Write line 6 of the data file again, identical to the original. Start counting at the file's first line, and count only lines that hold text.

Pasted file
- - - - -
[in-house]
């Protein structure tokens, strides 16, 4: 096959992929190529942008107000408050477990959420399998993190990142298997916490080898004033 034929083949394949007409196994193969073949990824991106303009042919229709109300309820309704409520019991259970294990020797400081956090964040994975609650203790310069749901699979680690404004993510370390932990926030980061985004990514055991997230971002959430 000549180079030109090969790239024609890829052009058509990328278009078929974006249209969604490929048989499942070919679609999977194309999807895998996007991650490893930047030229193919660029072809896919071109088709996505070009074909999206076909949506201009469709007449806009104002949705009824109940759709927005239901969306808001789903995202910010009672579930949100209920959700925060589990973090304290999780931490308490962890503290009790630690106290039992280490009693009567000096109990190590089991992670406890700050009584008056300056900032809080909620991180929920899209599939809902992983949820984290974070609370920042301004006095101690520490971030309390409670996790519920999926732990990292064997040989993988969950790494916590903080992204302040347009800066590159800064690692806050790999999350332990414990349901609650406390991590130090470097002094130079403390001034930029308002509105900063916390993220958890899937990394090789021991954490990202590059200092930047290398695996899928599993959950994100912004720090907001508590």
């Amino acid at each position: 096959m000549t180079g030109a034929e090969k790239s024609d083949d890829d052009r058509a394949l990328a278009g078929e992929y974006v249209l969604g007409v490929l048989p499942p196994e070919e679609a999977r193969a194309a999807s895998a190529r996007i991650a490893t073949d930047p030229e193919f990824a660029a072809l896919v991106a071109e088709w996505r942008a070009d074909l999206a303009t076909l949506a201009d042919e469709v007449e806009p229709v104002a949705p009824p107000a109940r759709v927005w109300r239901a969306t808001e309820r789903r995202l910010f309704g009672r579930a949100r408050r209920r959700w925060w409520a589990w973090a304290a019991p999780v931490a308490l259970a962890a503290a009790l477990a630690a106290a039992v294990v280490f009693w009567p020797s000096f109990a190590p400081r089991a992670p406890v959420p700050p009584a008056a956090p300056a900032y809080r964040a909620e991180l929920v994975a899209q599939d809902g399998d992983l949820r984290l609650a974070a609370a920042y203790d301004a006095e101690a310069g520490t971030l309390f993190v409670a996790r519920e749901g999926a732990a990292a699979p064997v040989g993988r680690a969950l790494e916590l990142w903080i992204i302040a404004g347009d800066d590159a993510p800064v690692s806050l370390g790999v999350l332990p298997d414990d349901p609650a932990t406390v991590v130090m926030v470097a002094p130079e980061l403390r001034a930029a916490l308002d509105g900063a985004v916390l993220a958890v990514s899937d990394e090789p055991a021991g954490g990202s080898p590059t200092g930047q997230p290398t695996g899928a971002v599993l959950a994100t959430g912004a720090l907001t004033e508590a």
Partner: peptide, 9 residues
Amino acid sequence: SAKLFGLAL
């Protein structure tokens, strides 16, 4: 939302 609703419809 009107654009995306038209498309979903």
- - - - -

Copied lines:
């Protein structure tokens, strides 16, 4: 939302 609703419809 009107654009995306038209498309979903």